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A bit of filter theory

Discussion in 'd.i.y.' started by philiphifi, Sep 12, 2019.

  1. philiphifi

    philiphifi pfm Member

    hi - perhaps a qualified engineer could help with this question. Many (many) years ago, i had to learn electronics design and it was gospel that one needs filter (forget the order of the filter for now) for anything above 20kHz to avoid higher freq reflection into the audio freq range. Now i read that An and others are now using filterless DACs. How do they work ? If it is the case that the noises are non audio-able then what have they been teaching students!
     
  2. John Phillips

    John Phillips pfm Member

    Yes at the Analogue-to-Digital (strictly the sampling) stage.
    That's at a different stage - the Digital-to-Analogue (strictly the reconstruction) stage. Reconstruction creates new aliases of the signal, which should be removed to recover the exact (original, filtered) signal. You can omit the reconstruction filter and the human ear's limitations can perform that filtering. However the aliases might cause problems in amplifiers not designed to handle ultrasonic signals.
    The teaching is correct technically, but does not necessarily address non-technical aspects such as product positioning in a market via differentiation and other customer preference issues.
     
  3. davidsrsb

    davidsrsb pfm Member

    On the DAC side, IC designer can use upsampling and internal digital filtering to avoid external filters
     
  4. philiphifi

    philiphifi pfm Member

    thanks both though i can't imagine they say that it's filterless when they upsample and filter at IC level.
     
  5. Jim Audiomisc

    Jim Audiomisc pfm Member

    Can you give an example link to a DAC where this is referred to? The problem is that the language used may not be clear. e.g. 'filterless' *might* mean 'no analogue filter'. Or it might mean one of the designs that do no upsampling or filtering of any kind. Or something else.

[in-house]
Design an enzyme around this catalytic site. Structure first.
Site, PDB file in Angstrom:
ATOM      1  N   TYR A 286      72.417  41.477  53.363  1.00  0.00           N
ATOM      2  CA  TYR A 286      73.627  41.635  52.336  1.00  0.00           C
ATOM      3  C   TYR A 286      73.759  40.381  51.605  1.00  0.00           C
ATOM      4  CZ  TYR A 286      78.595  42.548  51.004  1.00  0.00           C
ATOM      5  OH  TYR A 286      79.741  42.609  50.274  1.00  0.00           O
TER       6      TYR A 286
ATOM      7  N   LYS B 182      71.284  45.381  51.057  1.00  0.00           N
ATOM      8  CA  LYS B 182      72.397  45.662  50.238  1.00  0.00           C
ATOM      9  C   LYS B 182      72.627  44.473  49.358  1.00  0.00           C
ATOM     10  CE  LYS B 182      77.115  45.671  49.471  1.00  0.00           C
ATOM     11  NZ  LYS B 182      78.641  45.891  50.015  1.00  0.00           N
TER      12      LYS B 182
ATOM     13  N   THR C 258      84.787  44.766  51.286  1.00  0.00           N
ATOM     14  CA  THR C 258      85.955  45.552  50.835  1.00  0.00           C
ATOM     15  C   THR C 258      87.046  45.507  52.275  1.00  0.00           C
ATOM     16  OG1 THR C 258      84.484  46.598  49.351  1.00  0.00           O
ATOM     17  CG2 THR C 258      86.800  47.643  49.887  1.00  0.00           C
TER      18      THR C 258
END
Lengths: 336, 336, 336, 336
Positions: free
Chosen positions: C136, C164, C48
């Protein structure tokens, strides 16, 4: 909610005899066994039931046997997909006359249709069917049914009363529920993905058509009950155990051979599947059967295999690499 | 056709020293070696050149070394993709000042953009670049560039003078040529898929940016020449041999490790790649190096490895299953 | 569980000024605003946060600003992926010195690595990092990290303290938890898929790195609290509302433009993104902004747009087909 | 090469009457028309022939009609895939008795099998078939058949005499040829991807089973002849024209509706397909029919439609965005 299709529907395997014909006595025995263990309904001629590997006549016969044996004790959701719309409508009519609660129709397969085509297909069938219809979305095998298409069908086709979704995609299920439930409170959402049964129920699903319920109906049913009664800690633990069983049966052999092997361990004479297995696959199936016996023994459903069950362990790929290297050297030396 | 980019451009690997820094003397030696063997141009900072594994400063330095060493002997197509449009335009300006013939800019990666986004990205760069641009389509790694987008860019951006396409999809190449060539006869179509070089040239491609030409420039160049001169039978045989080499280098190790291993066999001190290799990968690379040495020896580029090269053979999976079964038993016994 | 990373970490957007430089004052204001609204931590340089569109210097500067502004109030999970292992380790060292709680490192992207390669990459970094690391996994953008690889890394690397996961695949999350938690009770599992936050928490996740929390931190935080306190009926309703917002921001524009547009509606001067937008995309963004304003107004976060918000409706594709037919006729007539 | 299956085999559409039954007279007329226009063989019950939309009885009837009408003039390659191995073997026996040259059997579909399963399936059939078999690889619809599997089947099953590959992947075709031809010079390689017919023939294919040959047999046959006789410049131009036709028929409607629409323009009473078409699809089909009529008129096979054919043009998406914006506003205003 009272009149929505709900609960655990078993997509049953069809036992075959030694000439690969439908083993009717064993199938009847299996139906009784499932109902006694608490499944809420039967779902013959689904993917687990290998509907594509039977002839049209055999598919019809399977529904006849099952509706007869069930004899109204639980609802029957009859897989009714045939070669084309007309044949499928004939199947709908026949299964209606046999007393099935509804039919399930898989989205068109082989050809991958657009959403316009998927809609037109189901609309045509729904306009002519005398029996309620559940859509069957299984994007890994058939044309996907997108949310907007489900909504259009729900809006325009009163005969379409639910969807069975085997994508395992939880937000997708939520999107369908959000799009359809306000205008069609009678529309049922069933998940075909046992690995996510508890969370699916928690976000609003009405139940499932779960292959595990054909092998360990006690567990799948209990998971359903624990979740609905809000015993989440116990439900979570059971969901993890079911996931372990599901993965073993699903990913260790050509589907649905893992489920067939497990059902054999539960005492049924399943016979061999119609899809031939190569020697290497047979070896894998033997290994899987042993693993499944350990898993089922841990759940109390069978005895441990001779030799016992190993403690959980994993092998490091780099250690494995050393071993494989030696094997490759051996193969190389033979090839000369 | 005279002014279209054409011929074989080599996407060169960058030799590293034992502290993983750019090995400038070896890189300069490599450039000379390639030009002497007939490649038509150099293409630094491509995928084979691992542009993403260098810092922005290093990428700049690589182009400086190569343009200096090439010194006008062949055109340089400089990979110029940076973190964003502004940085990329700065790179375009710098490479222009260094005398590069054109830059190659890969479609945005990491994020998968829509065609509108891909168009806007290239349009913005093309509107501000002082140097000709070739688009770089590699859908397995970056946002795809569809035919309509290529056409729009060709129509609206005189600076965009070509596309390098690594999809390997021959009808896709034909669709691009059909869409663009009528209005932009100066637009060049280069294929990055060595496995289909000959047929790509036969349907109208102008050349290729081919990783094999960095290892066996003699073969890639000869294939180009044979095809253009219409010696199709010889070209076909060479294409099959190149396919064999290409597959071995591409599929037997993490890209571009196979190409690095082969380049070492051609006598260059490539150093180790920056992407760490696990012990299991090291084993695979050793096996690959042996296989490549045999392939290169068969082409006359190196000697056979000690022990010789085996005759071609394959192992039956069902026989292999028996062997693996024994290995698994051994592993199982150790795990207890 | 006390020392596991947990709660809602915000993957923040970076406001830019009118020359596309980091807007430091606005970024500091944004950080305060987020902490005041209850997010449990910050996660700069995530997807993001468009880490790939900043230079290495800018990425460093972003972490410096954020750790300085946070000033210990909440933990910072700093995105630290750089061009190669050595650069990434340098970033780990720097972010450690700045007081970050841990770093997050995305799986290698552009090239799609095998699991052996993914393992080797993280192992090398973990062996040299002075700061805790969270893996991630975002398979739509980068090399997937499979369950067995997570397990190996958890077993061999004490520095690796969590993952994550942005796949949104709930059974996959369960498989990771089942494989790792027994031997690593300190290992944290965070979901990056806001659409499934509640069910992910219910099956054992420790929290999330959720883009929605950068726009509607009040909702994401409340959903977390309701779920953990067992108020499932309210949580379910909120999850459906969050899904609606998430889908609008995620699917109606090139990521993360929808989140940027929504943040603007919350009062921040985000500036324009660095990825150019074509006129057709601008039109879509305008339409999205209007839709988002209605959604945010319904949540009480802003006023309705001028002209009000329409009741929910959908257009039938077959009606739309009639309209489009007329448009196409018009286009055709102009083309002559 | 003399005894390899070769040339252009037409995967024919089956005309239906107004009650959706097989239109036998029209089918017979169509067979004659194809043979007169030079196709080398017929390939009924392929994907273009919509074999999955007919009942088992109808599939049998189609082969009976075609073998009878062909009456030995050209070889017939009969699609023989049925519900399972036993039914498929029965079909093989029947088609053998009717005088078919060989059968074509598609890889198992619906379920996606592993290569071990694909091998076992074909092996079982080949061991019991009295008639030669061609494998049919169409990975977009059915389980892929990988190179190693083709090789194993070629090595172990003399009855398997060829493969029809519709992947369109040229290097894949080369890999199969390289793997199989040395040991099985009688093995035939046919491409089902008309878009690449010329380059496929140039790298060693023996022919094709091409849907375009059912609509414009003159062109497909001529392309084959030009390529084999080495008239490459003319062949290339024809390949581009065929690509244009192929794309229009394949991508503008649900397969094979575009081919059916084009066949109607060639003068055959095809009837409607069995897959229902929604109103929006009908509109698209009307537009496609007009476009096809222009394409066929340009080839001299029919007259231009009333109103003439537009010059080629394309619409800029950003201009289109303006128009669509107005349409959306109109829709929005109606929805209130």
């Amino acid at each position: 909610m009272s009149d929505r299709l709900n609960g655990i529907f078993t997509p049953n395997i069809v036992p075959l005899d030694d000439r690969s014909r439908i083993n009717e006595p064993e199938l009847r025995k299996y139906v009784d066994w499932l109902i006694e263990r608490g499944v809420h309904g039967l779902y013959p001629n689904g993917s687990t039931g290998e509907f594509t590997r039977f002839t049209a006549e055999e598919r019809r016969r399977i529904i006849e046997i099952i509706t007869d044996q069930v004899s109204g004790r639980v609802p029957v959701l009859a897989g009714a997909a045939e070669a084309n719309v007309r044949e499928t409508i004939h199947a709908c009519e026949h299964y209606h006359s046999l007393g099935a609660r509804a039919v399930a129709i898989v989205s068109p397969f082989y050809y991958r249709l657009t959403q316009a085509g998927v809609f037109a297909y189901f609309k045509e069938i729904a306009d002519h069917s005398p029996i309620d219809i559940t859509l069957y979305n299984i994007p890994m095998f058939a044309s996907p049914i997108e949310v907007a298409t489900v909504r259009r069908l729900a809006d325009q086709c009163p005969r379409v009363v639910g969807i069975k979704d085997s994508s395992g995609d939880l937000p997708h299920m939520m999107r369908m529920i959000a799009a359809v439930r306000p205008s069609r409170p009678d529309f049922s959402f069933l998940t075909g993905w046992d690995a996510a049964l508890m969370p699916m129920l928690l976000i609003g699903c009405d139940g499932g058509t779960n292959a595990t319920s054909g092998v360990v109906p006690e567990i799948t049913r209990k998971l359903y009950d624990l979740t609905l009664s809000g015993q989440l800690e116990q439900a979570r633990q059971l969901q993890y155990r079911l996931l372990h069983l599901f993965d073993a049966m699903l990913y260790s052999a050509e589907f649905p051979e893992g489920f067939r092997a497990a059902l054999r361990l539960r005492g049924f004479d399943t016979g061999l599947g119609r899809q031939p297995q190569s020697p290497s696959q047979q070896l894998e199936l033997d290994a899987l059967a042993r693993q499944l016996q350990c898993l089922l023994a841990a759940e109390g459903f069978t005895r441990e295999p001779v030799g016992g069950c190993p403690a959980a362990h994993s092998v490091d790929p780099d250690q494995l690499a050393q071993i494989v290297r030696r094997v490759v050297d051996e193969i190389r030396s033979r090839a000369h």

6. Arkless Electronics

    Arkless Electronics Trade: Amp design and repairs.

    IIRC from a review I read some years ago it simply has no filtering and feeds all sorts of ultrasonic crap at pretty high levels to the amplifier...
     
  7. sq225917

    sq225917 situation engineer

    And that's why it's the best sounding dac in the world.....
     
  8. Mike P

    Mike P pfm Member

    Yes that's my issue with non oversampling conversions to CD players. Your ears might not be able to directly hear the ultrasonic noise in the signal....but your amp can.
     
  9. sq225917

    sq225917 situation engineer

    If it affects the amp then you'll hear it, If you dont hear it why worry?
     
  10. Michael J

    Michael J pfm Member

    I don't think I can hear ~50KHz but my amplifier can amplify it. I think the speakers I am using only go up to ~25KHz though.
     
  11. martin clark

    martin clark pinko bodger

    ..so why bake the tweeters with the random IMD [unheard or unperceived?] screaming of a power amp subject to unwanted/incoherent/ [non-compliant with the Nyquist-Shannon Samplng theorem, of which a proper Reconstruction filter is a part] ..noise?

    My objection to the 16/44.1 non-oversampling cant isn't only just that it sounds poor, but also it's just so ...inelegant/wilfully-ignorant, mathematically. It is predicated on a total misunderstanding.

    Yes, you can get over the first objection by bumping the sample rate of your CD source (but hey, that's identical to oversampling!) but not the second.


    [And all of this is for individual pleasure, and we are all entitled to our own choices in that regard: and I am definitely not taking prisoners here ;) ]